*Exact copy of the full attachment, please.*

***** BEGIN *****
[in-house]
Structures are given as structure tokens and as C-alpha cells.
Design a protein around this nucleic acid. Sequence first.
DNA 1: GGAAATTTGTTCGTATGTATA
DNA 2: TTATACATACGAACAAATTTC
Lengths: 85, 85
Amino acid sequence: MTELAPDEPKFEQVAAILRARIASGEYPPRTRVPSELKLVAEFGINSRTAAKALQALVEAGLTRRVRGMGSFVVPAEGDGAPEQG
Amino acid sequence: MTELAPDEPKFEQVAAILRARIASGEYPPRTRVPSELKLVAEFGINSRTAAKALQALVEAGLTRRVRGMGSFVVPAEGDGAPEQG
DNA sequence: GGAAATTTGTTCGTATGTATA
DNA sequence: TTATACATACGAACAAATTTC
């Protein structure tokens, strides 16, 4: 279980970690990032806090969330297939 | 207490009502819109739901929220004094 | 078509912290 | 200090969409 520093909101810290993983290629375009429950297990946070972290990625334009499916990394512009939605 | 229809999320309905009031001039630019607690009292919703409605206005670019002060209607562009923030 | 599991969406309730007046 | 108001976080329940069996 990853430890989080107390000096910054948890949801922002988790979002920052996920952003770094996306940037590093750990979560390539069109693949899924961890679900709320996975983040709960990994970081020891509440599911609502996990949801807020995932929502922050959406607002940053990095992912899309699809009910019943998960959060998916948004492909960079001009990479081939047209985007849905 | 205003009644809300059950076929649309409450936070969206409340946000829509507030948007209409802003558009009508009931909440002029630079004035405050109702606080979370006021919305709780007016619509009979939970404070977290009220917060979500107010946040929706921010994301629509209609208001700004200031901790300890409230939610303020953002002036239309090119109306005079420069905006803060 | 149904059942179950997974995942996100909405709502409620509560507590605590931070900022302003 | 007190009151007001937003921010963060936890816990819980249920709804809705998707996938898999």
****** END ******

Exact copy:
[in-house]
Structures are given as structure tokens and as C-alpha cells.
Design a protein around this nucleic acid. Sequence first.
DNA 1: GGAAATTTGTTCGTATGTATA
DNA 2: TTATACATACGAACAAATTTC
Lengths: 85, 85
Amino acid sequence: MTELAPDEPKFEQVAAILRARIASGEYPPRTRVPSELKLVAEFGINSRTAAKALQALVEAGLTRRVRGMGSFVVPAEGDGAPEQG
Amino acid sequence: MTELAPDEPKFEQVAAILRARIASGEYPPRTRVPSELKLVAEFGINSRTAAKALQALVEAGLTRRVRGMGSFVVPAEGDGAPEQG
DNA sequence: GGAAATTTGTTCGTATGTATA
DNA sequence: TTATACATACGAACAAATTTC
């Protein structure tokens, strides 16, 4: 279980970690990032806090969330297939 | 207490009502819109739901929220004094 | 078509912290 | 200090969409 520093909101810290993983290629375009429950297990946070972290990625334009499916990394512009939605 | 229809999320309905009031001039630019607690009292919703409605206005670019002060209607562009923030 | 599991969406309730007046 | 108001976080329940069996 990853430890989080107390000096910054948890949801922002988790979002920052996920952003770094996306940037590093750990979560390539069109693949899924961890679900709320996975983040709960990994970081020891509440599911609502996990949801807020995932929502922050959406607002940053990095992912899309699809009910019943998960959060998916948004492909960079001009990479081939047209985007849905 | 205003009644809300059950076929649309409450936070969206409340946000829509507030948007209409802003558009009508009931909440002029630079004035405050109702606080979370006021919305709780007016619509009979939970404070977290009220917060979500107010946040929706921010994301629509209609208001700004200031901790300890409230939610303020953002002036239309090119109306005079420069905006803060 | 149904059942179950997974995942996100909405709502409620509560507590605590931070900022302003 | 007190009151007001937003921010963060936890816990819980249920709804809705998707996938898999």